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Article II, Section 1 of the Constitution specifies the oath the president takes in assuming the responsibilities of this highest executive office: "I do solemnly swear (or affirm) that I will faithfully execute the Office of President of the United States, and will to the best of my ability, preserve, protect, and defend the Constitution of the United States."

George Washington took the oath with his hand on a Bible, and almost all other presidents have followed suit. Most use a special family Bible, leaving it open to a passage that has particular meaning for them. Traditionally, the Chief Justice of the United States Supreme Court administers the oath, but in cases when vice presidents have assumed the presidency because of a death, others do the honors. When Warren G. Harding’s death elevated Calvin Coolidge to the presidency, his father, a justice of the peace, administered the oath.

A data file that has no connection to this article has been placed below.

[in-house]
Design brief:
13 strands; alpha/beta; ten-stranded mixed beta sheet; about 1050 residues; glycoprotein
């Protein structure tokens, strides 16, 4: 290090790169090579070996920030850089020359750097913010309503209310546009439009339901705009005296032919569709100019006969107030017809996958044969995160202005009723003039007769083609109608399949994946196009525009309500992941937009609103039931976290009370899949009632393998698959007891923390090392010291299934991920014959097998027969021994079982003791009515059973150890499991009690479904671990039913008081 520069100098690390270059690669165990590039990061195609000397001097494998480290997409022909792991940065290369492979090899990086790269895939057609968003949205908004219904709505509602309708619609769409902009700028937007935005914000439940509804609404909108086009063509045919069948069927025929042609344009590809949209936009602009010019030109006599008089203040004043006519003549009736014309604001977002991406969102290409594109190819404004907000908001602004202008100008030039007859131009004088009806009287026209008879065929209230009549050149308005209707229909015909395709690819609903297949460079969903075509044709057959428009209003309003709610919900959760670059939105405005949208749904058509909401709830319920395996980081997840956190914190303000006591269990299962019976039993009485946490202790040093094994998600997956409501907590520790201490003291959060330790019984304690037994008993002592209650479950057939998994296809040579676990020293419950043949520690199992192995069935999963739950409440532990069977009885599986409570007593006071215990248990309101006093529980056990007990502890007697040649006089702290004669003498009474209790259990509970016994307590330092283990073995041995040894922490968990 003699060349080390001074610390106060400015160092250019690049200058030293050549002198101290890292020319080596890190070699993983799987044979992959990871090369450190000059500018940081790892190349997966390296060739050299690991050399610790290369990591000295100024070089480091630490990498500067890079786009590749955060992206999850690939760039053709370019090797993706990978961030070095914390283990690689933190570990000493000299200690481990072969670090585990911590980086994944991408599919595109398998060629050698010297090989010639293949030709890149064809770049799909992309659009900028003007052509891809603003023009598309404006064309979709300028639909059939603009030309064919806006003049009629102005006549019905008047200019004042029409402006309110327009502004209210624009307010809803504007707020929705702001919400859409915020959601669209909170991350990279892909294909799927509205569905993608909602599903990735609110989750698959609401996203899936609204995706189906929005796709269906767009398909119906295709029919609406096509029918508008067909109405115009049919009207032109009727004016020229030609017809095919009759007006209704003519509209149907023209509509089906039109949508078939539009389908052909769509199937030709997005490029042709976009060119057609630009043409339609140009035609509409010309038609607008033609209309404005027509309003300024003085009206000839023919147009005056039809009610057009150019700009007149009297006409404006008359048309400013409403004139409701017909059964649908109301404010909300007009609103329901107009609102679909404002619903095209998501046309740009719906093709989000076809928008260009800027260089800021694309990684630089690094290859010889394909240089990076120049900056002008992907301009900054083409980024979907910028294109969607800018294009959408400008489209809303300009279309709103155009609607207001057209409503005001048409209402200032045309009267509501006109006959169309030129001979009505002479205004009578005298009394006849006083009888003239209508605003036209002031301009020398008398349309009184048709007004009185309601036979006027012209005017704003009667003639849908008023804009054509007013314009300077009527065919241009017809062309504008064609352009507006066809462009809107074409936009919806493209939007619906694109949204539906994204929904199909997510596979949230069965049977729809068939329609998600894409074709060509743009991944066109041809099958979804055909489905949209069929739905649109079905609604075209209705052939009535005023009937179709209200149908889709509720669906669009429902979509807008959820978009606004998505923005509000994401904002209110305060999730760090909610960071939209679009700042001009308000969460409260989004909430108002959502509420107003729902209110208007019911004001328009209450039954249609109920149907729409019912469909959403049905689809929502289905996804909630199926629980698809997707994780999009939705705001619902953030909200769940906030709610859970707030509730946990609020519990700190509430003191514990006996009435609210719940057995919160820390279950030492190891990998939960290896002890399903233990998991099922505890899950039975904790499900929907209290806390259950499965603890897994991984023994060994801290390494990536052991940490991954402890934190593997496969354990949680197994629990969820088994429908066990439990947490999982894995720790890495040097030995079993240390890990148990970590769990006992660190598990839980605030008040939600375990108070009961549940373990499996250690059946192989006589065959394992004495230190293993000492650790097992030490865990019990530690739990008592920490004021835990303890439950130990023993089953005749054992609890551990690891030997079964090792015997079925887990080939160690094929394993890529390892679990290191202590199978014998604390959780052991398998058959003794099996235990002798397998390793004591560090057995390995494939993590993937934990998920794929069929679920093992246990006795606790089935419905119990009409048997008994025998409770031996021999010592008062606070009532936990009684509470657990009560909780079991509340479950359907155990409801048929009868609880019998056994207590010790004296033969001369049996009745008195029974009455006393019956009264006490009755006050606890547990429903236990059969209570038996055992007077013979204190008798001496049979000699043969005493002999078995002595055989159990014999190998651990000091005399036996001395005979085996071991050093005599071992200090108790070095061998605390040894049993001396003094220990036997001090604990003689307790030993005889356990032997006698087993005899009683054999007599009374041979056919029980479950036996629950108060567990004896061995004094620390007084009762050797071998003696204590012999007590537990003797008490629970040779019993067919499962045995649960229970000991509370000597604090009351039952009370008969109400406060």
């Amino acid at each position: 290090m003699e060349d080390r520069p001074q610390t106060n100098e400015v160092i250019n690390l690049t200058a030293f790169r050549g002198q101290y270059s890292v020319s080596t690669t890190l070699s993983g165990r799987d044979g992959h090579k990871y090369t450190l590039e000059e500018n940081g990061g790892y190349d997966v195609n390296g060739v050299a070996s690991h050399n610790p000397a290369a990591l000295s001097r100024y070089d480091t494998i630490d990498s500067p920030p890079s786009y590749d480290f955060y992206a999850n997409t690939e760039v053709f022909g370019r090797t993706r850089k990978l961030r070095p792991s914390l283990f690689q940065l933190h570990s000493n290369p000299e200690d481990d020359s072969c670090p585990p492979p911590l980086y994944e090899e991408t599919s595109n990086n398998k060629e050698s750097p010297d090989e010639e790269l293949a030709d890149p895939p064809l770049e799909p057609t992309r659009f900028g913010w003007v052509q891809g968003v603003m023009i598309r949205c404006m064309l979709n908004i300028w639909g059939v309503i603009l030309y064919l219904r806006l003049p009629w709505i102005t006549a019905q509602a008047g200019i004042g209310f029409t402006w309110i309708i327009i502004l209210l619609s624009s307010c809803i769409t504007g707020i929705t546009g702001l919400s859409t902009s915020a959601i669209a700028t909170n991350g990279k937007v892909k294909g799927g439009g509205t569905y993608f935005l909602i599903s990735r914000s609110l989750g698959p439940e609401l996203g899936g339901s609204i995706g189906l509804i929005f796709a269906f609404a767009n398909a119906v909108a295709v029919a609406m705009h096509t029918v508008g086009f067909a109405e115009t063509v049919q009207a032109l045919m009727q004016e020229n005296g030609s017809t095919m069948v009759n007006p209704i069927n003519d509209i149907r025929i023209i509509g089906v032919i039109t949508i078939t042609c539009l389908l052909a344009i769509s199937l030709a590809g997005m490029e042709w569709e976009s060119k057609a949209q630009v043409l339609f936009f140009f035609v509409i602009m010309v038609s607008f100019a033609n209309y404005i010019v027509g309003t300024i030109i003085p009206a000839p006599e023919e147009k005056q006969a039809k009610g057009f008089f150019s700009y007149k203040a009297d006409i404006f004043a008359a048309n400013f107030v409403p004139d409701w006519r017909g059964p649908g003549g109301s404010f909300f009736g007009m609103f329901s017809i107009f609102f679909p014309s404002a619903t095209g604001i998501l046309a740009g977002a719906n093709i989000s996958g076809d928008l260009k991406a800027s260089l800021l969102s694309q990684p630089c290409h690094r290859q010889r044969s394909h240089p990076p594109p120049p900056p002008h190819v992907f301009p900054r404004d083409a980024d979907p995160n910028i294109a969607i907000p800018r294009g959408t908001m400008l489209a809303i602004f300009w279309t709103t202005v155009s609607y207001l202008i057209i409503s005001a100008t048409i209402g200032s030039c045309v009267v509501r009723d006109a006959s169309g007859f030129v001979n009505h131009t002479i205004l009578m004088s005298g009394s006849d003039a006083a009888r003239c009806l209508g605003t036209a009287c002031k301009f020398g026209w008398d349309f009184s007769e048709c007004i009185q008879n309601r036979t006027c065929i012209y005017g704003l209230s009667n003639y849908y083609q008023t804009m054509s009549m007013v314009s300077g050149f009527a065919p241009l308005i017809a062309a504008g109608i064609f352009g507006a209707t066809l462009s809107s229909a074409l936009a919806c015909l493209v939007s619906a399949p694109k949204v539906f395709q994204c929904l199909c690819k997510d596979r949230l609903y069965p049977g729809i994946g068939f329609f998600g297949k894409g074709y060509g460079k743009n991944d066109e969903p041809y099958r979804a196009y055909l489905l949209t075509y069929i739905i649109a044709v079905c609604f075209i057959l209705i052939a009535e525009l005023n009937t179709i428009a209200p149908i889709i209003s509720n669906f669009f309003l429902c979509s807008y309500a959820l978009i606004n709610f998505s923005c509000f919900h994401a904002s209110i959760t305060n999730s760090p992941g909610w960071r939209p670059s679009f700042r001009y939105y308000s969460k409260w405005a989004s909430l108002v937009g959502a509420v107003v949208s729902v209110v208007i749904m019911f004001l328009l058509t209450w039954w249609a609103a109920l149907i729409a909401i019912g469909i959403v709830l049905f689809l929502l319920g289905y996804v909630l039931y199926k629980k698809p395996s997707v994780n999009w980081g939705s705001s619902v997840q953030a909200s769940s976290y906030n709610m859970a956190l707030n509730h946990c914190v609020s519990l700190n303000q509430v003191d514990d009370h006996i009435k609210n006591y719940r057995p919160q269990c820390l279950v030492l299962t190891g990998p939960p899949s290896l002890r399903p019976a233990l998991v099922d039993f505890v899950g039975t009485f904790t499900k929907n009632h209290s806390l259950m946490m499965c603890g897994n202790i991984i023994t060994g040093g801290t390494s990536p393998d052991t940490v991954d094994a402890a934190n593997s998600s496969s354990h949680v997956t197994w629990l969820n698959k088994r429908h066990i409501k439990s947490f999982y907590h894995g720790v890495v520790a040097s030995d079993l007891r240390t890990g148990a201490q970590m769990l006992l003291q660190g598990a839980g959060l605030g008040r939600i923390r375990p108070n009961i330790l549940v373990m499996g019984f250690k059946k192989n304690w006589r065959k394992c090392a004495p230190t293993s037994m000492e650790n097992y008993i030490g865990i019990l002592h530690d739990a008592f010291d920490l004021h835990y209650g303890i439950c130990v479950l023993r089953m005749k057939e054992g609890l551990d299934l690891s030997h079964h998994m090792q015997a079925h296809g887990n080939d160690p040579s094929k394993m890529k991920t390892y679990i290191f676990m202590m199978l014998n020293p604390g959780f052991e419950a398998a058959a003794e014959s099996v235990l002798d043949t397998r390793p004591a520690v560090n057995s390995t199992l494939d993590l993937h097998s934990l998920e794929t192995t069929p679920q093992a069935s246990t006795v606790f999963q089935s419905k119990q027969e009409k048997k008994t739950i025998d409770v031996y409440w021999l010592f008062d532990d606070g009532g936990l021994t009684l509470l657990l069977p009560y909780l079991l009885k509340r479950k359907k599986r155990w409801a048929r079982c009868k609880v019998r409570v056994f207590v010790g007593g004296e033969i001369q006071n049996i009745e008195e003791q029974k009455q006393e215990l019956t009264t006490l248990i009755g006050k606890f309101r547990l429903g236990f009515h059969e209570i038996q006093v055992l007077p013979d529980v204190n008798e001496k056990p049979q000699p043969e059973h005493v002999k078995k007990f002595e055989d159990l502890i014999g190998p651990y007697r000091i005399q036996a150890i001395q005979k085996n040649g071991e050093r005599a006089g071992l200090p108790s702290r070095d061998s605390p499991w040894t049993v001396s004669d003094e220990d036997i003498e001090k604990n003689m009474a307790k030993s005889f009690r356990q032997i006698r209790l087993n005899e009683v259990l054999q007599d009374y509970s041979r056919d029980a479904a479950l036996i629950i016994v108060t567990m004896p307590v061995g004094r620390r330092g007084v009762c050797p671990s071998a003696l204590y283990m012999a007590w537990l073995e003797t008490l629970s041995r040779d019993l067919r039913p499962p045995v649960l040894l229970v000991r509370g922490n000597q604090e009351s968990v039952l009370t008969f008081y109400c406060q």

A president whose term begins on Sunday takes the oath privately on that day, and repeats it in a public ceremony the next day. The solemnity of the swearing-in ceremony reflects the importance the Founders attached to the executive office.

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